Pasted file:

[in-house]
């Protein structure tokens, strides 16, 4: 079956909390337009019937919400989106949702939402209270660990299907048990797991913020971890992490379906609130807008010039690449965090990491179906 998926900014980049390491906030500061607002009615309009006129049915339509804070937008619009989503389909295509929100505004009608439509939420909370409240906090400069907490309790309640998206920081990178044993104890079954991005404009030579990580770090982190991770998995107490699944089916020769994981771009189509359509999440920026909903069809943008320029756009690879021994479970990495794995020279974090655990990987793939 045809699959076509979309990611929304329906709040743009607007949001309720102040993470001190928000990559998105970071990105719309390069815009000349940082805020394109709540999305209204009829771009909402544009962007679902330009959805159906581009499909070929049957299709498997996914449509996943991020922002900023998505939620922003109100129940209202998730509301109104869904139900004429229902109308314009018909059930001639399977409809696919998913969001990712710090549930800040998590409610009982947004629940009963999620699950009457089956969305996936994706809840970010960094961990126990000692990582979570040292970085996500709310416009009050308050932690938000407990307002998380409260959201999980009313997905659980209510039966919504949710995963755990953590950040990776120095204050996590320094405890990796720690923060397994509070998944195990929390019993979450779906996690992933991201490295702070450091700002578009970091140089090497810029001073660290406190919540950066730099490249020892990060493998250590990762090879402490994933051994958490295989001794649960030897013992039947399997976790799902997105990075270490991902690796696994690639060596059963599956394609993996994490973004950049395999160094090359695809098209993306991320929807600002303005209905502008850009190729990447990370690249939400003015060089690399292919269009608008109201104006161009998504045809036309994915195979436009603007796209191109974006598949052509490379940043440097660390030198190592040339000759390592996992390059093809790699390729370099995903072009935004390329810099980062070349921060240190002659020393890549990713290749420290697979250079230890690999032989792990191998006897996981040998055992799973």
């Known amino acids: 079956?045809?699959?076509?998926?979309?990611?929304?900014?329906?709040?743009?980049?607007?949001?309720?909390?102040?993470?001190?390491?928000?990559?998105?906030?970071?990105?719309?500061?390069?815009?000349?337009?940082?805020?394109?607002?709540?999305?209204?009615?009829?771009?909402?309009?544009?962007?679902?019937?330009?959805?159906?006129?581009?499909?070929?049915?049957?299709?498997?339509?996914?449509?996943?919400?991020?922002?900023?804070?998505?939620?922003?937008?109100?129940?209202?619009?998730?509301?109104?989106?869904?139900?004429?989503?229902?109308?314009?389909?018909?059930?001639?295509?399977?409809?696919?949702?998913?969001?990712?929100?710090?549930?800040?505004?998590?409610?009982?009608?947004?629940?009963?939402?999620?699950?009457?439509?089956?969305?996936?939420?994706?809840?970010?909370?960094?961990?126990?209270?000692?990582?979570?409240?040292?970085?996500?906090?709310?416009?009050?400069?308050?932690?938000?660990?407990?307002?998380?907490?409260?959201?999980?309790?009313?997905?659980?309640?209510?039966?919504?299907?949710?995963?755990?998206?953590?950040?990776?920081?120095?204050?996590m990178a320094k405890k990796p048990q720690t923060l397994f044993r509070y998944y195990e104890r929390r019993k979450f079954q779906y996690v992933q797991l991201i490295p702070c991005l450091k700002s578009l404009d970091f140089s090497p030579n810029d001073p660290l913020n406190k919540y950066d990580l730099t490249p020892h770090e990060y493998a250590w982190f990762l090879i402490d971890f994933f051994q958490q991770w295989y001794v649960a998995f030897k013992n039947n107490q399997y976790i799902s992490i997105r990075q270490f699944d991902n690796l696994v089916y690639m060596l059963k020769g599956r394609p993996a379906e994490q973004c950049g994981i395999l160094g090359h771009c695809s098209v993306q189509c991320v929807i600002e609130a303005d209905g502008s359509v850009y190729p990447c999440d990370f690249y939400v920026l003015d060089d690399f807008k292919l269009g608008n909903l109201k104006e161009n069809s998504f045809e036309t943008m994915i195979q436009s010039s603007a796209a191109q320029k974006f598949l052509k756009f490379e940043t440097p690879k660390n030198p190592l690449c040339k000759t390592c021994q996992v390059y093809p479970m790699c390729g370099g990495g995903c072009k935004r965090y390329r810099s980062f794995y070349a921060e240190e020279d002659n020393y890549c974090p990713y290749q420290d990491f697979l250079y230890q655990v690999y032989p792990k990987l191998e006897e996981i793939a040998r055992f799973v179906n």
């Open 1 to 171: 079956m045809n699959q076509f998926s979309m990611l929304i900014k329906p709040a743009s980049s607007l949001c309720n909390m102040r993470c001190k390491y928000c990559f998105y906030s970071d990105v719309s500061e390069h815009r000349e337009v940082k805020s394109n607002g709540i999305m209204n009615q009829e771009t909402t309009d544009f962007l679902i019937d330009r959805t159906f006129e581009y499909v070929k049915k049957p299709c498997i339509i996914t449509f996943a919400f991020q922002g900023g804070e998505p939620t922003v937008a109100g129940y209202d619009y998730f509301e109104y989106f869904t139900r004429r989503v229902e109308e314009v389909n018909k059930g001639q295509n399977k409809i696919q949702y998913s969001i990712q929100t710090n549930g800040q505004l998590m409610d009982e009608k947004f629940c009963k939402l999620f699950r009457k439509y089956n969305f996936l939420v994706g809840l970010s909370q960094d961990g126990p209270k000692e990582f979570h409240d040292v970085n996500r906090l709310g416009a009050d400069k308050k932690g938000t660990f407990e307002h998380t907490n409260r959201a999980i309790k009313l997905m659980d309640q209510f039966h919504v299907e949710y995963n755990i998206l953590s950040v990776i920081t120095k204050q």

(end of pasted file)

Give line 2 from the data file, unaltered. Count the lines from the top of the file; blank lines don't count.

């Protein structure tokens, strides 16, 4: 079956909390337009019937919400989106949702939402209270660990299907048990797991913020971890992490379906609130807008010039690449965090990491179906 998926900014980049390491906030500061607002009615309009006129049915339509804070937008619009989503389909295509929100505004009608439509939420909370409240906090400069907490309790309640998206920081990178044993104890079954991005404009030579990580770090982190991770998995107490699944089916020769994981771009189509359509999440920026909903069809943008320029756009690879021994479970990495794995020279974090655990990987793939 045809699959076509979309990611929304329906709040743009607007949001309720102040993470001190928000990559998105970071990105719309390069815009000349940082805020394109709540999305209204009829771009909402544009962007679902330009959805159906581009499909070929049957299709498997996914449509996943991020922002900023998505939620922003109100129940209202998730509301109104869904139900004429229902109308314009018909059930001639399977409809696919998913969001990712710090549930800040998590409610009982947004629940009963999620699950009457089956969305996936994706809840970010960094961990126990000692990582979570040292970085996500709310416009009050308050932690938000407990307002998380409260959201999980009313997905659980209510039966919504949710995963755990953590950040990776120095204050996590320094405890990796720690923060397994509070998944195990929390019993979450779906996690992933991201490295702070450091700002578009970091140089090497810029001073660290406190919540950066730099490249020892990060493998250590990762090879402490994933051994958490295989001794649960030897013992039947399997976790799902997105990075270490991902690796696994690639060596059963599956394609993996994490973004950049395999160094090359695809098209993306991320929807600002303005209905502008850009190729990447990370690249939400003015060089690399292919269009608008109201104006161009998504045809036309994915195979436009603007796209191109974006598949052509490379940043440097660390030198190592040339000759390592996992390059093809790699390729370099995903072009935004390329810099980062070349921060240190002659020393890549990713290749420290697979250079230890690999032989792990191998006897996981040998055992799973």